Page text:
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Raleigh’s City Market Turns 100 Years Old

Raleigh-City-Market-2008_web

One hundred years ago, on September 30, 1914,  a familiar downtown landmark — Raleigh’s City Market — opened its doors to the public. Join us this week in celebrating the centenary of this historic and venerable market house.

A centennial celebration will take place at City Market on Moore Square this Friday, October 3, beginning at 4pm. The party will feature live music, street performers, and a special menu by Big Ed Watkins (Big Ed’s Restaurant) and Paul Reams (Smoked Out ‘n’ Fried). ‘City Market Centennial Ale’ will be offered by Triangle Brewing Co. The festivities will run until 11pm.

As a part of the centennial celebration, we thought our readers might enjoy a nostalgic look at our posts on City Market that have appeared on Goodnight Raleigh over the years. Happy Birthday City Market — May you serve Raleigh for another hundred years!

A City Market Gallery and Historical Narrative

Below is a sampling of historic photos taken of City Market during its first half century.

State Archives of North Carolina photo

State Archives of North Carolina photo

The two photos seen here show the City Market when it was located on Fayetteville St. It was erected in 1870 on the site of Raleigh’s second market building, which had been destroyed by fire in 1868. This is the market building replaced by the Moore Square building in 1914.

The photo above was taken ca 1873, just a few years after the Fayetteville St. market was built. Below is how the building appeared shortly before the city closed it in 1914.

State Archives of North Carolina photo

State Archives of North Carolina photo

The city relocated the market to a less congested area, Moore Square, in 1914. The Spanish Mission style building was designed by Raleigh architect James Matthew Kennedy.

Kennedy’s City Market featured fireproof construction, with steel roof trusses, solid brick walls and a red tiled roof. The new building was considered a ‘sanitary’ improvement over the old market, as the interior was an open and airy space, faced with white-glazed ceramic tile walls, and a smooth concrete floor which could easily be hosed down after the day’s activity.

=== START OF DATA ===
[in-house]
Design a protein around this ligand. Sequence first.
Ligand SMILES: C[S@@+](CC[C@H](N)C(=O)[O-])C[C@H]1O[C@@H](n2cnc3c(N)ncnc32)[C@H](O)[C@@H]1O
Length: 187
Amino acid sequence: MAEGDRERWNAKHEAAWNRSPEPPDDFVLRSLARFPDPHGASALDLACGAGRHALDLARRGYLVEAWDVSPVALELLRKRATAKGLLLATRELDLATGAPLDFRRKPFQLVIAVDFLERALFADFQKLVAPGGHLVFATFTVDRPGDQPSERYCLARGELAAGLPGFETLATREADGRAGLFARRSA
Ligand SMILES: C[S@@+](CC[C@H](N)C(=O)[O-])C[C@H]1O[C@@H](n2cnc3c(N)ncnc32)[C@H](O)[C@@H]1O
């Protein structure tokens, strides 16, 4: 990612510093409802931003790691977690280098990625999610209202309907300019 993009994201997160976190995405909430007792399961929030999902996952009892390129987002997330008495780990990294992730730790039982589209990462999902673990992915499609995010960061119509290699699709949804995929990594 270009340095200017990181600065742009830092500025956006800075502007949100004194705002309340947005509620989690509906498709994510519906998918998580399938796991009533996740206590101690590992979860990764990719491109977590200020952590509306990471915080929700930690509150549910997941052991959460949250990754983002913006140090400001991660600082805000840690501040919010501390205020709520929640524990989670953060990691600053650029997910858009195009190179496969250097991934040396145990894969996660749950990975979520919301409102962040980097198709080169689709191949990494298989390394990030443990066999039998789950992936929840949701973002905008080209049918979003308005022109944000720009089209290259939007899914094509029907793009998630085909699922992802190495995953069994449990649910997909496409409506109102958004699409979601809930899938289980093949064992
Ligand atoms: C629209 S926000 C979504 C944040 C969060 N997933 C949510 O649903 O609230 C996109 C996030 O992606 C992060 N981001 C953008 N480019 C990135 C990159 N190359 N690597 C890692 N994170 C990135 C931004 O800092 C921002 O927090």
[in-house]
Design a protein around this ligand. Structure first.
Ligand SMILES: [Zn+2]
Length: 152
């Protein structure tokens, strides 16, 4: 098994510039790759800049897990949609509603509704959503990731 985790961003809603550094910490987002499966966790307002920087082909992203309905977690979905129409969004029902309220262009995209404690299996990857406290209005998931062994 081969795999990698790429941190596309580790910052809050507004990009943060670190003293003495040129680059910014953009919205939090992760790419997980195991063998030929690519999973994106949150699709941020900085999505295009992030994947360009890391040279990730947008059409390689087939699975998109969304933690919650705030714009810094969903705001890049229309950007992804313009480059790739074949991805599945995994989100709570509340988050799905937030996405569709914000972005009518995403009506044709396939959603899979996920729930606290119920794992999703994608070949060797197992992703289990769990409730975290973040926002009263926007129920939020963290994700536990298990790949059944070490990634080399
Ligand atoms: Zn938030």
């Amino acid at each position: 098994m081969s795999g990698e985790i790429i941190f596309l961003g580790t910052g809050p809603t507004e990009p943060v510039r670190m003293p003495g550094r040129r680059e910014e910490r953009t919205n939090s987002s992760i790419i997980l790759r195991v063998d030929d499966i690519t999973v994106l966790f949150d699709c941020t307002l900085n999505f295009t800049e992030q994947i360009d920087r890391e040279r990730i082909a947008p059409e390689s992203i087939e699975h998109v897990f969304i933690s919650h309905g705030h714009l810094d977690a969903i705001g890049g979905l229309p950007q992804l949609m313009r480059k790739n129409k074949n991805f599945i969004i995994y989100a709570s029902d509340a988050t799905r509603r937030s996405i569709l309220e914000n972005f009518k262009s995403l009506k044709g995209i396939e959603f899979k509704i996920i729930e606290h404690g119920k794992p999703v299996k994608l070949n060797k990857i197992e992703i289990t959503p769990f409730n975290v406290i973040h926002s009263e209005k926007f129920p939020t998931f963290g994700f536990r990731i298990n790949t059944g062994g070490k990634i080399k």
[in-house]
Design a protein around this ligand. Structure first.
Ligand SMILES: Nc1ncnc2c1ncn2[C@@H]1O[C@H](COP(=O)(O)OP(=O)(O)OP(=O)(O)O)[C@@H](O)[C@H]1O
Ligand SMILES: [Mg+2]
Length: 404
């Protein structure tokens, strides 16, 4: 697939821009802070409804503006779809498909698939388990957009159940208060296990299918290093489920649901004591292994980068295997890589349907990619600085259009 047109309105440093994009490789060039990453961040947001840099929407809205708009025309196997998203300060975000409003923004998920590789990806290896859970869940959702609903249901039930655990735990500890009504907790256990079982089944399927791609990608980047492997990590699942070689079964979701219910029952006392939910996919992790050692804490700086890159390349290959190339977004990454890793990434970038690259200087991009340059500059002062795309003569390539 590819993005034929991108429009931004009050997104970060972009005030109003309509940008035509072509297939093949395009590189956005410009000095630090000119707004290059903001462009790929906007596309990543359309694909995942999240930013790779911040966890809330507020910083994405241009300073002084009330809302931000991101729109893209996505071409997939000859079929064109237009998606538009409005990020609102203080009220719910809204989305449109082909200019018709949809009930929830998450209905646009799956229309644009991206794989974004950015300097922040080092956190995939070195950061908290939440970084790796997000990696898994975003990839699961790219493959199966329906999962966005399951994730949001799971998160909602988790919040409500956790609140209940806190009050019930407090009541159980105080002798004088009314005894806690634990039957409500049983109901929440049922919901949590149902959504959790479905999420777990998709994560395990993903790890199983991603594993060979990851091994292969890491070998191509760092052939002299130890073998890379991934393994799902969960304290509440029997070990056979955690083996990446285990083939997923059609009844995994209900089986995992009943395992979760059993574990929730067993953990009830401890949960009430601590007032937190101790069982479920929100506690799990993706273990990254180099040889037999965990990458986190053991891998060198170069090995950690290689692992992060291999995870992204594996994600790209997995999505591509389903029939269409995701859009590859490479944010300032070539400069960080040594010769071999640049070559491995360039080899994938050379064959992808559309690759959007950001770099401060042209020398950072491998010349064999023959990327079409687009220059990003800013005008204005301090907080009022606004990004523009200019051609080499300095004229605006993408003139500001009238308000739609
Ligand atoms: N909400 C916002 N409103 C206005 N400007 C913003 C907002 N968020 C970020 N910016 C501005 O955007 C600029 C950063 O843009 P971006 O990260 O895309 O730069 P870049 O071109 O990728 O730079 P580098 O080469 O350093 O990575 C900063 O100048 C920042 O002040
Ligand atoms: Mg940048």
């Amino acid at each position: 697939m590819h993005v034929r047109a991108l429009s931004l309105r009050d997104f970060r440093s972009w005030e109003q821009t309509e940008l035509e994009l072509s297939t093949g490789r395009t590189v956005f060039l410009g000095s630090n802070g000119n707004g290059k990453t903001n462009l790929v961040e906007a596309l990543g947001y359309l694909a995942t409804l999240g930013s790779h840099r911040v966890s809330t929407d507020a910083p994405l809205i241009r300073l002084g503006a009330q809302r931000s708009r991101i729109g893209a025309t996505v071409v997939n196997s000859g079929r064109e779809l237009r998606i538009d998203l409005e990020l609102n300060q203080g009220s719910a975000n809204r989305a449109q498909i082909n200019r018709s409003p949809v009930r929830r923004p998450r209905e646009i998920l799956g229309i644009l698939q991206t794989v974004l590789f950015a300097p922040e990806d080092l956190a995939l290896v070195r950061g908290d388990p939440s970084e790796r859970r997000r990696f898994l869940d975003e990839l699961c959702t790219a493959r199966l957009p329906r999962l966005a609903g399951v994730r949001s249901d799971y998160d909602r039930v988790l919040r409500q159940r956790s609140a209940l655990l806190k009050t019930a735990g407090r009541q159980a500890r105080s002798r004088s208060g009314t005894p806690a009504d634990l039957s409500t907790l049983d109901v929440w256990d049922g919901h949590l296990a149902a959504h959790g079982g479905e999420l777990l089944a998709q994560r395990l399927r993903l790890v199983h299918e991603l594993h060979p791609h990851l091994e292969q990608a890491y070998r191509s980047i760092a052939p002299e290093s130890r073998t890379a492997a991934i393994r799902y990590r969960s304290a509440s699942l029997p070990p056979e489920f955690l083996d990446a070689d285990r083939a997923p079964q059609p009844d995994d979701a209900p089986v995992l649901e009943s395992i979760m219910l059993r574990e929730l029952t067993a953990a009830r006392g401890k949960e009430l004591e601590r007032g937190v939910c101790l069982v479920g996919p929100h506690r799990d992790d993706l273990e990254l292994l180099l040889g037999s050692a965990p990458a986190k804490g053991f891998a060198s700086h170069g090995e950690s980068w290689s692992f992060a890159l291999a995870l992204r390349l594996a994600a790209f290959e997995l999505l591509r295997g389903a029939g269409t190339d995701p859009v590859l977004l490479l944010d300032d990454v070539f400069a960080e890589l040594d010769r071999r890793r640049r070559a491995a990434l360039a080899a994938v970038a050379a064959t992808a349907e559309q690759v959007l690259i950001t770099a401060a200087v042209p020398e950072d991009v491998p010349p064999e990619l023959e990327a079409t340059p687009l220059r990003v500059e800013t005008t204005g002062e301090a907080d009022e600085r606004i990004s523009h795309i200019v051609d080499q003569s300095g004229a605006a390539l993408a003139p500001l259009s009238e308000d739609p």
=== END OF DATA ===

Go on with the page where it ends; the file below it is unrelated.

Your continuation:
State Archives of North Carolina photo

State Archives of North Carolina photo

These photos show the building not long before it opened to the public on September 30, 1914.

Above, Belgian block pavement is being laid, which still exists today. The Martin St. facade is faced with buff-colored brick. Below is the southern facade, which, excepting the buff brick, is identical to its Martin St. counterpart.

State Archives of North Carolina photo

State Archives of North Carolina photo

This view is looking southeast from Martin St.

State Archives of North Carolina photo

State Archives of North Carolina photo

City Market flourished in downtown Raleigh for more than 40 years. The view below of a busy market day was taken in the 1940s.

Courtesy Raleigh News & Observer

Courtesy Raleigh News & Observer

The general suburbanization of Raleigh’s population during the 1940s and ’50s, coupled with the emergence of neighborhood supermarkets and the opening of the new State Farmer’s Market, led to the demise of City Market as a destination marketing venue. Thus, the City closed its downtown central market in 1957.

It was sold into private hands in 1959, and the new owner subsequently converted the interior space for use as a furniture store. Produce continued to be sold under the massive canopy, however, for the next 20 years.

State Archives of North Carolina photo

State Archives of North Carolina photo

These photos show how the market building appeared in the 1960s.

State Archives of North Carolina photo

State Archives of North Carolina photo

By the 1980s City Market and the Moore Square area were in a state of serious decline. The City again entered the picture and repurchased the building for public rehabilitation and private development. Small businesses such as restaurants, specialty shops, bars and coffee shops moved into vacant storefronts in the late 1980s, and the area began to see a reemergence as a downtown retail center.

The building was purchased by a private developer in 1990s, who made further upgrades. Since then City Market has continued its growth as a retail anchor on Moore Square.

City Market has been designated a Raleigh Historic Landmark.


Discuss Raleigh

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